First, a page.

VERTICAL CIRCULATION. The theory of a ver tical oceanic circulation rests almost entirely upon the study of the thermal conditions existing in the Atlantic. The main facts in support of the theory may be ,111111118rized as follows: (1) The bottom water of every ocean in free com munication with the pole has a temperature but little different from that in polar latitude:: (2) this is true even in the equatorial regions, where the entire mass of the ocean, in case an influx of cold water did not exist, would by virtue of the insoiation attain in the course of time a temperature not lower than 75° F'.; (3) the bot tom temperatures in the case of those oceans to which the cold polar water has free access are somewhat lower than the bottom temperatures where this communication is restricted: (4) the thickness of this bottom of cold water (t;110 fathoms) is too great to admit of the ex planation that it is the return flow of the warm water carried poleward by the drift surface cur rents; (5) there is a continual ascent of glacial water under the line, shown by the moderation of the surface temperatures along the equator, also by the fact that polar temperatures are here attained at less depth than in somewhat higher latitudes; (6) On the basis of this hypo thesis the presence of the cold band along the eastern mast of North America can be explained as the ascent toward the surface of the polar water, diverted from its original equatorial course by the effect of the earth's rotation, and forced up the Atlantic slope.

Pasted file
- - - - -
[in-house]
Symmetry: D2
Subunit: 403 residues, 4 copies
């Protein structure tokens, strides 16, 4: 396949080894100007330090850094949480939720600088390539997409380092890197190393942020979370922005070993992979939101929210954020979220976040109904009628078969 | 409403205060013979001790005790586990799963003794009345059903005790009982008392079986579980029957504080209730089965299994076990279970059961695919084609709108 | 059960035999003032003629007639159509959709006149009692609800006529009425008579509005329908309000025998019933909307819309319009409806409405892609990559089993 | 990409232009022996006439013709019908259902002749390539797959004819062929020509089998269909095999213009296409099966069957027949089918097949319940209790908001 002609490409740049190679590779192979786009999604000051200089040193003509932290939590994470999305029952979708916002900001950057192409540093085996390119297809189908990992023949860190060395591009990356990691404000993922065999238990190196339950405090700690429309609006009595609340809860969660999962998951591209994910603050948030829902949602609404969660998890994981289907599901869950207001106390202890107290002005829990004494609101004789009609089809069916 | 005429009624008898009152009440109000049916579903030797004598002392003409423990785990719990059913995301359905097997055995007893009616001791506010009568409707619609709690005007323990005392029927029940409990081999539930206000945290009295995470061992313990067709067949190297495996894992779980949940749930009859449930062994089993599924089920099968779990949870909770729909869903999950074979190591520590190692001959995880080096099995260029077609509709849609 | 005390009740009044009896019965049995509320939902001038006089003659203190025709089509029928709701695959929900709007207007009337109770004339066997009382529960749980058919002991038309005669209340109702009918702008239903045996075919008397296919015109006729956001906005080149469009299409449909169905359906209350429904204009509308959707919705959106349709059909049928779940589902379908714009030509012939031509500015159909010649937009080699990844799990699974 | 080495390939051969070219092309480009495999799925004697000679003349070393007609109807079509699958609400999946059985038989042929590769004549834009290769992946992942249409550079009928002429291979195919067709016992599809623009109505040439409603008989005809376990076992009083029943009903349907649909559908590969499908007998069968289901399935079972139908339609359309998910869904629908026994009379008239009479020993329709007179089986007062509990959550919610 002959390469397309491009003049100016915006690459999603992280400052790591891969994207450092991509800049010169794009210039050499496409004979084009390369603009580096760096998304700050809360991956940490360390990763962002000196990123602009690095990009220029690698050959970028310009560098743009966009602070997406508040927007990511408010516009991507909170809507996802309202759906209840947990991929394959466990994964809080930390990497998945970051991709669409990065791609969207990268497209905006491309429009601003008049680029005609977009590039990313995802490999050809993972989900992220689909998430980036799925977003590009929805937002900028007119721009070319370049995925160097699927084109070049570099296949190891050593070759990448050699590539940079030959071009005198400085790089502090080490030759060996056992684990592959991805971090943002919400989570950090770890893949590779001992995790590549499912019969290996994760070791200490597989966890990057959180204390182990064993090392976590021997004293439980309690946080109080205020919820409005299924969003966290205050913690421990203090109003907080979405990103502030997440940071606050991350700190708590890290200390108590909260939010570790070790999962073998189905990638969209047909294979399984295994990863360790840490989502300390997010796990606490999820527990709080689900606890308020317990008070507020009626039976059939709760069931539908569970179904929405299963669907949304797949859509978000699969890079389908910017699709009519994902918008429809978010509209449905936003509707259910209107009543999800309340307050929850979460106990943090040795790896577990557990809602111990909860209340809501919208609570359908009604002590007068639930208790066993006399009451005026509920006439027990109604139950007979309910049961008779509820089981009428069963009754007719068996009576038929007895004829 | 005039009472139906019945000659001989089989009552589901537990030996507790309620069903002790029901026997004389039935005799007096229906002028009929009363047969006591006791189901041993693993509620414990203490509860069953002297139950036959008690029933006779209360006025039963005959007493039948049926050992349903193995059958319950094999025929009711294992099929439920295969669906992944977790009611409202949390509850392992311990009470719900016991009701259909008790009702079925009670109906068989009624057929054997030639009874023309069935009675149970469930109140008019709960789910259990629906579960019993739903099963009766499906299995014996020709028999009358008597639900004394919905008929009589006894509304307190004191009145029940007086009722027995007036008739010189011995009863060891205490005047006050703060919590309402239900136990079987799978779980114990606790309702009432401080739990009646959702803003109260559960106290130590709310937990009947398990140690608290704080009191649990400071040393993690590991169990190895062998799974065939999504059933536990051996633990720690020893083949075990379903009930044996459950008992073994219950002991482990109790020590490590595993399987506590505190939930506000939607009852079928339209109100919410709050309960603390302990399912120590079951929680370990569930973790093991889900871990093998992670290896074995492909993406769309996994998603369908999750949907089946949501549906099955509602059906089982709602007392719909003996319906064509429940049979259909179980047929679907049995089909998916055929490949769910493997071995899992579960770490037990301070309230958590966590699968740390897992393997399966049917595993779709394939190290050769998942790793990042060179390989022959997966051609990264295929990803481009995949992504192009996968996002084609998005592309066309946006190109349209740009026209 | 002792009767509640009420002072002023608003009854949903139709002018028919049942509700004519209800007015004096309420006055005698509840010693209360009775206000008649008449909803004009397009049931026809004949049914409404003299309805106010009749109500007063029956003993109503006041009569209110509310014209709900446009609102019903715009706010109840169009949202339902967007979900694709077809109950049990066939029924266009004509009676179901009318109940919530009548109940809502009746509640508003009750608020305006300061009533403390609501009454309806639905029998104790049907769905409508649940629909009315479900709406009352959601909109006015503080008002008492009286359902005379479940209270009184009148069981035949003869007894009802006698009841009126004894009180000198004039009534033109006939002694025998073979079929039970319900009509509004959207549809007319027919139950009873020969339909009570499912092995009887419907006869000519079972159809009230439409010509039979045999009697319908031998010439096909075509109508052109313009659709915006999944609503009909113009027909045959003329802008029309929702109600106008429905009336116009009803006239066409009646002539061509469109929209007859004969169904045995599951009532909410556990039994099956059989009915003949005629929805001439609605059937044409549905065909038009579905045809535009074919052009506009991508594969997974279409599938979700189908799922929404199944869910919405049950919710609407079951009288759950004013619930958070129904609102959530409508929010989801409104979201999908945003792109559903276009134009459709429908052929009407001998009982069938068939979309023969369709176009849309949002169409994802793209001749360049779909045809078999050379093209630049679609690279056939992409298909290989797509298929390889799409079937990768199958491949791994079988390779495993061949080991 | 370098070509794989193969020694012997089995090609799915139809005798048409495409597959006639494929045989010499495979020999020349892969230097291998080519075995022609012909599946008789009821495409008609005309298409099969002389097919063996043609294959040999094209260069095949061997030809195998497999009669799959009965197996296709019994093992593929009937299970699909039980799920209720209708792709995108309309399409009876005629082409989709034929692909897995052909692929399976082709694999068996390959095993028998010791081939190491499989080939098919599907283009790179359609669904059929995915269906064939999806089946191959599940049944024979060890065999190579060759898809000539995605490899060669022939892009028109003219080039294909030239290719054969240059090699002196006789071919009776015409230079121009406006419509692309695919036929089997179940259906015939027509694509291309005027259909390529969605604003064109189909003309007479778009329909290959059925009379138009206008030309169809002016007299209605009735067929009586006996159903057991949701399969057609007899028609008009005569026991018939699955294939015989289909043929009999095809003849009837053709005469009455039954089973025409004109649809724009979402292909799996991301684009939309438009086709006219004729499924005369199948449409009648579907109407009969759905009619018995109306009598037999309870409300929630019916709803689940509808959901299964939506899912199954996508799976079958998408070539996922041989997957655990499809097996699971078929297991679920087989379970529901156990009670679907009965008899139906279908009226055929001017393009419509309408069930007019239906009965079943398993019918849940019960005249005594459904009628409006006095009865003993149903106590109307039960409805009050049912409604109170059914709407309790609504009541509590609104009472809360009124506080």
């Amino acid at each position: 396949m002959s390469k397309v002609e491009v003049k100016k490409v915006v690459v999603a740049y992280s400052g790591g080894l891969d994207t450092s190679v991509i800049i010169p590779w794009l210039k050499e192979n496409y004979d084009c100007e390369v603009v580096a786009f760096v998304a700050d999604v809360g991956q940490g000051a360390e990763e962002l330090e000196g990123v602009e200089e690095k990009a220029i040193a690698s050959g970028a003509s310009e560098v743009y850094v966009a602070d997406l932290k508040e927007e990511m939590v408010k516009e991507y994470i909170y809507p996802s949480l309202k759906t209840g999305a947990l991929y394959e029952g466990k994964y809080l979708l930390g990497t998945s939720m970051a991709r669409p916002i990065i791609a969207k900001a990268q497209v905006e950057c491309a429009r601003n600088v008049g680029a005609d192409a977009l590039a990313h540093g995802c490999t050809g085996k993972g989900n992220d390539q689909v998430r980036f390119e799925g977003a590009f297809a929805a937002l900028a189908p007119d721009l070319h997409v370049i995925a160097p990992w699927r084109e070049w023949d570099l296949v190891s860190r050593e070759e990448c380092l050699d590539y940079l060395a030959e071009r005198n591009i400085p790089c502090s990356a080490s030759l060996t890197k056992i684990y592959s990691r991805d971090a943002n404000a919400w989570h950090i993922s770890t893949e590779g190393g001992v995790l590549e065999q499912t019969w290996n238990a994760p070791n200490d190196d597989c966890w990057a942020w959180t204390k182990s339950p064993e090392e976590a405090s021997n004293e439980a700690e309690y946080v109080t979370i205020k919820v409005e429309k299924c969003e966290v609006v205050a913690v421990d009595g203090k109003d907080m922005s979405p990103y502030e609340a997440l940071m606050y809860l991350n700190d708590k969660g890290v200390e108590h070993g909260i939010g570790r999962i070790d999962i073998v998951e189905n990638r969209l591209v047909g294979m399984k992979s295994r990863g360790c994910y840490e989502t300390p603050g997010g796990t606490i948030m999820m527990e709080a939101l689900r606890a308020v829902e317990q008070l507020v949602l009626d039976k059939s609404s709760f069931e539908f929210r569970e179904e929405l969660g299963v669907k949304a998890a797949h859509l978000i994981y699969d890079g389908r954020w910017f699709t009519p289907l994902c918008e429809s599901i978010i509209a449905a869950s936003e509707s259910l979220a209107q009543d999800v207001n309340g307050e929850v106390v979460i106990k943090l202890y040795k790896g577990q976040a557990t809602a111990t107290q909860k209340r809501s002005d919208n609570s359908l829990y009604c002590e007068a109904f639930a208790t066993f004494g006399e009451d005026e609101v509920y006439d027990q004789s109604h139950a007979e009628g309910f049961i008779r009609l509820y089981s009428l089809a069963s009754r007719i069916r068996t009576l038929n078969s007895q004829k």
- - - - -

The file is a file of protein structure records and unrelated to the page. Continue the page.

Blum°Gam-uv. Cron, On the Physical Cause of Ocean Currrnts (London, 1874) ; Ferrell, "The lotion of Fluids and Solid: on the Earth's Sur face." in United Status tEtignal Serriee Profes sional Paws, No, S (Washington, riSS:2) ; Zur Erchanik der Ileeresstriimungca (Berlin, 1884) ; Engelhardt, L'ntersuchungen iibcr die Strtimungen der Ostsee (Alton:), Page, ('urrents." in \utionuf Geogrophie ihyrt:ifle (Washington, 1902). See ATLAN TIC ( )CEAN ; PACIFIC OCEAN; 1NOIAN ( )(EAN ; GULF STREAM, etc.